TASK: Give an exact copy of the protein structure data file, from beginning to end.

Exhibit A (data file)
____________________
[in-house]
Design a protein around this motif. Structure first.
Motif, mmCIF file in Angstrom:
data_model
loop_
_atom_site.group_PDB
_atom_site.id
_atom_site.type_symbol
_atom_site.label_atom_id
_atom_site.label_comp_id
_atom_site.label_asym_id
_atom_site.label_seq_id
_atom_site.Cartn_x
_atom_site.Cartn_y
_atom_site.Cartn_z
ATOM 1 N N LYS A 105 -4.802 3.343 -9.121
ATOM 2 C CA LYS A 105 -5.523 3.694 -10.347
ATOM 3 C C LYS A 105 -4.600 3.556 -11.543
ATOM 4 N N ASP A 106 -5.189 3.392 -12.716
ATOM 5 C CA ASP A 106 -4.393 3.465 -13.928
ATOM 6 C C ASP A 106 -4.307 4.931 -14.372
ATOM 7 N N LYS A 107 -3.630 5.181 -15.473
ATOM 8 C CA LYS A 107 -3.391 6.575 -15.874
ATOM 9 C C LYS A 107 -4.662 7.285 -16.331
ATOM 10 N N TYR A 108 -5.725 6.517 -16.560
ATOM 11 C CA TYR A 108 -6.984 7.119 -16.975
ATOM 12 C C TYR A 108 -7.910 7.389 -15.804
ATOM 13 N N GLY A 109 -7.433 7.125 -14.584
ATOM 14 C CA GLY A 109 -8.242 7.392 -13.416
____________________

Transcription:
[in-house]
Design a protein around this motif. Structure first.
Motif, mmCIF file in Angstrom:
data_model
loop_
_atom_site.group_PDB
_atom_site.id
_atom_site.type_symbol
_atom_site.label_atom_id
_atom_site.label_comp_id
_atom_site.label_asym_id
_atom_site.label_seq_id
_atom_site.Cartn_x
_atom_site.Cartn_y
_atom_site.Cartn_z
ATOM 1 N N LYS A 105 -4.802 3.343 -9.121
ATOM 2 C CA LYS A 105 -5.523 3.694 -10.347
ATOM 3 C C LYS A 105 -4.600 3.556 -11.543
ATOM 4 N N ASP A 106 -5.189 3.392 -12.716
ATOM 5 C CA ASP A 106 -4.393 3.465 -13.928
ATOM 6 C C ASP A 106 -4.307 4.931 -14.372
ATOM 7 N N LYS A 107 -3.630 5.181 -15.473
ATOM 8 C CA LYS A 107 -3.391 6.575 -15.874
ATOM 9 C C LYS A 107 -4.662 7.285 -16.331
ATOM 10 N N TYR A 108 -5.725 6.517 -16.560
ATOM 11 C CA TYR A 108 -6.984 7.119 -16.975
ATOM 12 C C TYR A 108 -7.910 7.389 -15.804
ATOM 13 N N GLY A 109 -7.433 7.125 -14.584
ATOM 14 C CA GLY A 109 -8.242 7.392 -13.416